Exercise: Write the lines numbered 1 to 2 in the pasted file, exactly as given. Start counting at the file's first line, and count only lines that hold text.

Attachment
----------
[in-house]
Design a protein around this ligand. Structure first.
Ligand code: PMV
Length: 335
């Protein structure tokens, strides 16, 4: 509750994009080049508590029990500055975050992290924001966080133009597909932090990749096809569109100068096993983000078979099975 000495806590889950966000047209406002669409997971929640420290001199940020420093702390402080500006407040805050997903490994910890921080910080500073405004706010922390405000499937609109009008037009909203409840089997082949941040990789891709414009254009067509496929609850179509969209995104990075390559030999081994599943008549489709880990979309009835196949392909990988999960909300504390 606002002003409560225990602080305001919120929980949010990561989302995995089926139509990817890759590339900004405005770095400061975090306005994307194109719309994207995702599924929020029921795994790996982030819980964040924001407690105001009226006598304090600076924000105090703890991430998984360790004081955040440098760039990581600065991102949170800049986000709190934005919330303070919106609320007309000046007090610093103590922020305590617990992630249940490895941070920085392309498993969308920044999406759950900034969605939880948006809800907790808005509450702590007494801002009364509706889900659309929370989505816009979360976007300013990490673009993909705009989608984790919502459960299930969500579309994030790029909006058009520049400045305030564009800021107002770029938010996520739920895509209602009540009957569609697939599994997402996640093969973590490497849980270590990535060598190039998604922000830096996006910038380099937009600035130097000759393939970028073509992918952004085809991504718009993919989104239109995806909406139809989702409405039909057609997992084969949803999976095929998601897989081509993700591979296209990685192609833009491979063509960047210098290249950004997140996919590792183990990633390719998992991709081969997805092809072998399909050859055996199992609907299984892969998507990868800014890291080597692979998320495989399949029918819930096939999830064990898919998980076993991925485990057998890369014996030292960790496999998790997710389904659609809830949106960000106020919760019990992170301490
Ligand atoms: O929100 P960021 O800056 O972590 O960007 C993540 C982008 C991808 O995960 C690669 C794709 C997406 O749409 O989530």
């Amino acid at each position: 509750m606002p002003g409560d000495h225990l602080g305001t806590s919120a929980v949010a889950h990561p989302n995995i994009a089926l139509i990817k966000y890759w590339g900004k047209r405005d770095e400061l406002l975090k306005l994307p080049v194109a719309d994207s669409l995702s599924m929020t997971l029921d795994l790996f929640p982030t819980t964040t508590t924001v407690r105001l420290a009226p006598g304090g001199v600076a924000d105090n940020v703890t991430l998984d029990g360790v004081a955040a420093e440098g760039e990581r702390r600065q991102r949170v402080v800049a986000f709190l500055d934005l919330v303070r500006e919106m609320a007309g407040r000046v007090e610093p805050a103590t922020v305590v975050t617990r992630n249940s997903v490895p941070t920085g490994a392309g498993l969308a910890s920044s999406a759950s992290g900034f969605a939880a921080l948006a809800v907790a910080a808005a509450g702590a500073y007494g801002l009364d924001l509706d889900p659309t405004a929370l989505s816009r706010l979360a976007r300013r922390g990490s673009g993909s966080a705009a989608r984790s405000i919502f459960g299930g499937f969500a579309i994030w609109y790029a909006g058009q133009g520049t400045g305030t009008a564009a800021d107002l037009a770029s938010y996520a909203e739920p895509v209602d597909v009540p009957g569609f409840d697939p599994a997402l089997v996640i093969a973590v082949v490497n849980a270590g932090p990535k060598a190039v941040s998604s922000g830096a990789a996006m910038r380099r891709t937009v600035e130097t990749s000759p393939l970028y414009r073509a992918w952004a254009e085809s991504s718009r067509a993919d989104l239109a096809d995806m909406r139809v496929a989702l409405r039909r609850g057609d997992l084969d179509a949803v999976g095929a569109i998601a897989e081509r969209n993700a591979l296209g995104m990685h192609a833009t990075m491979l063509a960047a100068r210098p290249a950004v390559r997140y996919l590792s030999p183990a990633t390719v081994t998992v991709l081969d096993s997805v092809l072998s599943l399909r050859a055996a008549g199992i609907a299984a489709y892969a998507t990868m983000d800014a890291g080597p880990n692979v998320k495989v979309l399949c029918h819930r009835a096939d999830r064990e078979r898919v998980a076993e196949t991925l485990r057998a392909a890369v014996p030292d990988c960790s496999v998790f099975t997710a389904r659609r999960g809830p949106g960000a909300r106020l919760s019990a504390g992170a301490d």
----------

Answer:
[in-house]
Design a protein around this ligand. Structure first.